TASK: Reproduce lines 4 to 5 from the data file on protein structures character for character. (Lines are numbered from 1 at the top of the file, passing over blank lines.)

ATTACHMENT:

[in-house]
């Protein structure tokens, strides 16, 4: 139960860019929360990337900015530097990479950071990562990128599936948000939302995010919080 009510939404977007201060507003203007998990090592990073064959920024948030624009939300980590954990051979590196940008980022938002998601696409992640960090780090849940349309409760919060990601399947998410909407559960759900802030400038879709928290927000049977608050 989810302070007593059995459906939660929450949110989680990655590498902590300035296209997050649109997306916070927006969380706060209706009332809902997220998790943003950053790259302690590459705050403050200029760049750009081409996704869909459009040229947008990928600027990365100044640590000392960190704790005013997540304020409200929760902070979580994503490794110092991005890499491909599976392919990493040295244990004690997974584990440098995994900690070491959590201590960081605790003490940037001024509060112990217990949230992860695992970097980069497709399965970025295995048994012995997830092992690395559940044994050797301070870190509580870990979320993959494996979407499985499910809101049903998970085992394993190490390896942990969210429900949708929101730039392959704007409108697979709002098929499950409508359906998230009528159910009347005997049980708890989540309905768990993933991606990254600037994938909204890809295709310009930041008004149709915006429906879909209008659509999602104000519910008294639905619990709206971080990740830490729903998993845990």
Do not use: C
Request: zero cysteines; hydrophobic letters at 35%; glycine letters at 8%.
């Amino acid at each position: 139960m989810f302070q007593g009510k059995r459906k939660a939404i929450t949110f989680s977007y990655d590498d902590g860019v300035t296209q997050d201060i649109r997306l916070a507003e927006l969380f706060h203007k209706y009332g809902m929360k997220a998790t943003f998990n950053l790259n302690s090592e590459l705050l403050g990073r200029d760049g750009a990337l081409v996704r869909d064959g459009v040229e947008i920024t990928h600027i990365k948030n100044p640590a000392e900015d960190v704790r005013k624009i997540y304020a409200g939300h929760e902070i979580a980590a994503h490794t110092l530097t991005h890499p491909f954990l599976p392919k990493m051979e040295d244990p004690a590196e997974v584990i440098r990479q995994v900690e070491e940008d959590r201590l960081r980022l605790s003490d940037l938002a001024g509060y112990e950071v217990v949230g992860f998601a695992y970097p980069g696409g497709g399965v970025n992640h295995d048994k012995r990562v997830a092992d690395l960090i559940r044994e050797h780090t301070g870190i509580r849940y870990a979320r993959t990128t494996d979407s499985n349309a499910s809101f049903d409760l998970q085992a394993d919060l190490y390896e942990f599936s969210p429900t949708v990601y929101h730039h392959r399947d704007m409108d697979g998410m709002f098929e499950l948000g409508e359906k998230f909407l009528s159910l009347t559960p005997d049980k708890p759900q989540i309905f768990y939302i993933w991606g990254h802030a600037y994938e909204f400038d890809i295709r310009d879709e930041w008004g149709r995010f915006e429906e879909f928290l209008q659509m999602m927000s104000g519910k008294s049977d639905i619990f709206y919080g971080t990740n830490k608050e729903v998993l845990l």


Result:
Request: zero cysteines; hydrophobic letters at 35%; glycine letters at 8%.
């Amino acid at each position: 139960m989810f302070q007593g009510k059995r459906k939660a939404i929450t949110f989680s977007y990655d590498d902590g860019v300035t296209q997050d201060i649109r997306l916070a507003e927006l969380f706060h203007k209706y009332g809902m929360k997220a998790t943003f998990n950053l790259n302690s090592e590459l705050l403050g990073r200029d760049g750009a990337l081409v996704r869909d064959g459009v040229e947008i920024t990928h600027i990365k948030n100044p640590a000392e900015d960190v704790r005013k624009i997540y304020a409200g939300h929760e902070i979580a980590a994503h490794t110092l530097t991005h890499p491909f954990l599976p392919k990493m051979e040295d244990p004690a590196e997974v584990i440098r990479q995994v900690e070491e940008d959590r201590l960081r980022l605790s003490d940037l938002a001024g509060y112990e950071v217990v949230g992860f998601a695992y970097p980069g696409g497709g399965v970025n992640h295995d048994k012995r990562v997830a092992d690395l960090i559940r044994e050797h780090t301070g870190i509580r849940y870990a979320r993959t990128t494996d979407s499985n349309a499910s809101f049903d409760l998970q085992a394993d919060l190490y390896e942990f599936s969210p429900t949708v990601y929101h730039h392959r399947d704007m409108d697979g998410m709002f098929e499950l948000g409508e359906k998230f909407l009528s159910l009347t559960p005997d049980k708890p759900q989540i309905f768990y939302i993933w991606g990254h802030a600037y994938e909204f400038d890809i295709r310009d879709e930041w008004g149709r995010f915006e429906e879909f928290l209008q659509m999602m927000s104000g519910k008294s049977d639905i619990f709206y919080g971080t990740n830490k608050e729903v998993l845990l």